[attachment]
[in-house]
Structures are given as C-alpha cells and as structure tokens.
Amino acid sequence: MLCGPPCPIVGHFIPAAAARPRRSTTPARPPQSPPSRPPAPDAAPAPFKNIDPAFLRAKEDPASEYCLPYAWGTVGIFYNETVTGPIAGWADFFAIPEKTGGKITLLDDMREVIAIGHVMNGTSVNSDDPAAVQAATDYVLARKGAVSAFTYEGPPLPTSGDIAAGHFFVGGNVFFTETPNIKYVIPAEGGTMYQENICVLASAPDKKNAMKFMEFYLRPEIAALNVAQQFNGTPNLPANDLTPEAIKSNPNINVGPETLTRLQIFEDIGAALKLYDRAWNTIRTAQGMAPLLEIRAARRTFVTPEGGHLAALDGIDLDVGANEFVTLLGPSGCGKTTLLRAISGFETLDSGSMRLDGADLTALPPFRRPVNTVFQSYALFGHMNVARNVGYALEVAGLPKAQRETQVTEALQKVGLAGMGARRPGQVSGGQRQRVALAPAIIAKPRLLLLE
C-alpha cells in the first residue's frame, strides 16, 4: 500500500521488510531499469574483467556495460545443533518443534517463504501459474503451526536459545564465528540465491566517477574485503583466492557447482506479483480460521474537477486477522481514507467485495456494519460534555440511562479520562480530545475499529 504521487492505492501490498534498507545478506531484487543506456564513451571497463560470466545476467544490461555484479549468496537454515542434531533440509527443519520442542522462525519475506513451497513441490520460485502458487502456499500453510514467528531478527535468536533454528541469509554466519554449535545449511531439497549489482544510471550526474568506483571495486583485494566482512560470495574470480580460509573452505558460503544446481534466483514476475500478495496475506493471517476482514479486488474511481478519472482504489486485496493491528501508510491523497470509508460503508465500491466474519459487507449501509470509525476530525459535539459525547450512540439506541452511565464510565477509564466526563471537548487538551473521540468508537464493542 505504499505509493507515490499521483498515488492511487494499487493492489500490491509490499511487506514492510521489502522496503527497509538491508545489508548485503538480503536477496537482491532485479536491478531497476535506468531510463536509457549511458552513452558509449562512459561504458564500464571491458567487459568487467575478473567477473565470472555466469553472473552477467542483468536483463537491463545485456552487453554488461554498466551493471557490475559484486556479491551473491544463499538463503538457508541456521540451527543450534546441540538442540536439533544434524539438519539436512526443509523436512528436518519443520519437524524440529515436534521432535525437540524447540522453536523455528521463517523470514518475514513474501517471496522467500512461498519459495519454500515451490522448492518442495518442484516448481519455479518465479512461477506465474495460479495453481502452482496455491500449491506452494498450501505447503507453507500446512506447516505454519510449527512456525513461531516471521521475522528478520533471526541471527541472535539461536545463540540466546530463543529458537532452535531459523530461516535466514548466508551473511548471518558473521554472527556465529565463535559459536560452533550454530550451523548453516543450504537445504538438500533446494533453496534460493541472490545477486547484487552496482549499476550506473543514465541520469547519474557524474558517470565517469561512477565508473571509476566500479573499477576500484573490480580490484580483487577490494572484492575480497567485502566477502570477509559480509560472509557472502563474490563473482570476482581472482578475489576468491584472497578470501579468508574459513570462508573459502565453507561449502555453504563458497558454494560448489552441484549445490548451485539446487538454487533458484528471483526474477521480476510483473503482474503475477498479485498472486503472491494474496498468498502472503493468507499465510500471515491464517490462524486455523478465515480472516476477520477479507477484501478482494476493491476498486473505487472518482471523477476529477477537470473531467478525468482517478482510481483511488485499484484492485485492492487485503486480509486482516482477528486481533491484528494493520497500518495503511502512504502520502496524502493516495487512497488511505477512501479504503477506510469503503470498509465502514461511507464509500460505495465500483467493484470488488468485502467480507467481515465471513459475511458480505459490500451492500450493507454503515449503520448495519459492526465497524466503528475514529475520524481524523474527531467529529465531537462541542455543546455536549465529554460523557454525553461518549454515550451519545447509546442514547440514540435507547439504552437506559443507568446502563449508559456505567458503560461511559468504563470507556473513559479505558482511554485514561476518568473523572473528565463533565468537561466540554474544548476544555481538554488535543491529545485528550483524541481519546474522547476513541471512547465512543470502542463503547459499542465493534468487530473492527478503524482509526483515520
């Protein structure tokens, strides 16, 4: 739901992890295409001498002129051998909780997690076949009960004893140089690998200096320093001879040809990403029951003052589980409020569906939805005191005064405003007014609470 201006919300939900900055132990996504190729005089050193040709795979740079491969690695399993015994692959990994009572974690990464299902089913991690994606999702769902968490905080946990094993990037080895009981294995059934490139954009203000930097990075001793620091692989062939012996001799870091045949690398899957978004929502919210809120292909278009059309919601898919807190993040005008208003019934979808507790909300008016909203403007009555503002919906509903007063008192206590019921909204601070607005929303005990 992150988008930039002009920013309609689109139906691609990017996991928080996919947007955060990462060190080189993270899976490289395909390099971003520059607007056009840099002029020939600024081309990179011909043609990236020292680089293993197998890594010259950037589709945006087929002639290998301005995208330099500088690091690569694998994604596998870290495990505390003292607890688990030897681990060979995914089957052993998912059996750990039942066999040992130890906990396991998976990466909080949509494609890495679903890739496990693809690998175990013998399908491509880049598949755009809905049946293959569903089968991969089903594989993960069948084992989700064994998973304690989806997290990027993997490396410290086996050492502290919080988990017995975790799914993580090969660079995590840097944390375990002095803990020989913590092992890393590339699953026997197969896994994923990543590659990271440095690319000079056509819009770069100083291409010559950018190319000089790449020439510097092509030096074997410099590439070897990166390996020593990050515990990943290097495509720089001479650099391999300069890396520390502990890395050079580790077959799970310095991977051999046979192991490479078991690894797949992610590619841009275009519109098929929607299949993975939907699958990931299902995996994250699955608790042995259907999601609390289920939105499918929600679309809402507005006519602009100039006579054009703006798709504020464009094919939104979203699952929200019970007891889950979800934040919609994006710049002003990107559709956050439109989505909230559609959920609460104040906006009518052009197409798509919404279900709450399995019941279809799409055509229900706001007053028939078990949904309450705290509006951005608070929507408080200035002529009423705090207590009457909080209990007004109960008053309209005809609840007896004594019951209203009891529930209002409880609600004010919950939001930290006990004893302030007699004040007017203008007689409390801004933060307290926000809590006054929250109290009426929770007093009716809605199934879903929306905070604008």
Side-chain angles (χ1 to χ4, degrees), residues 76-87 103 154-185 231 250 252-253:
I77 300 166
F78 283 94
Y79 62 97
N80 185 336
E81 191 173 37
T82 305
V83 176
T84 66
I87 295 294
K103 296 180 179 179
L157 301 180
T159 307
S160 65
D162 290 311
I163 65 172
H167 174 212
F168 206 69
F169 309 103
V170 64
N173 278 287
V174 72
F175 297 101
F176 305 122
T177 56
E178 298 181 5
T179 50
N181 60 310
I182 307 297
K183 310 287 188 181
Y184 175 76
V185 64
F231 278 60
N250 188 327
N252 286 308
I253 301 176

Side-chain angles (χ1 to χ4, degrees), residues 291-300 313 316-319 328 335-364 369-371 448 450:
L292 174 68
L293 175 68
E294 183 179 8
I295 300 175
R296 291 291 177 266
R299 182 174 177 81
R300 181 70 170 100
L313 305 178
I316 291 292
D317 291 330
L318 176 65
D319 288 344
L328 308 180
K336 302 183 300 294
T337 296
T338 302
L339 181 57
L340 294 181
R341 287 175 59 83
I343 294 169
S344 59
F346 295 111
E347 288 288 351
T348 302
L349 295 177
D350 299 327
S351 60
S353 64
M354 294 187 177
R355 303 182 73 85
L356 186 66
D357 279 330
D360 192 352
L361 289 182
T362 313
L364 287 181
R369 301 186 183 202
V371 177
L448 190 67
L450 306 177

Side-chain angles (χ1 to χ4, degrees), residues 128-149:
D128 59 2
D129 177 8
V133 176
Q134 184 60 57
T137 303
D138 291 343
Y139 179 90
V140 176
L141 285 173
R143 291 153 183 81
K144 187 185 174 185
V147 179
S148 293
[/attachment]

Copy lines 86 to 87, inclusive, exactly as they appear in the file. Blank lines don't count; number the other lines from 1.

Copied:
V133 176
Q134 184 60 57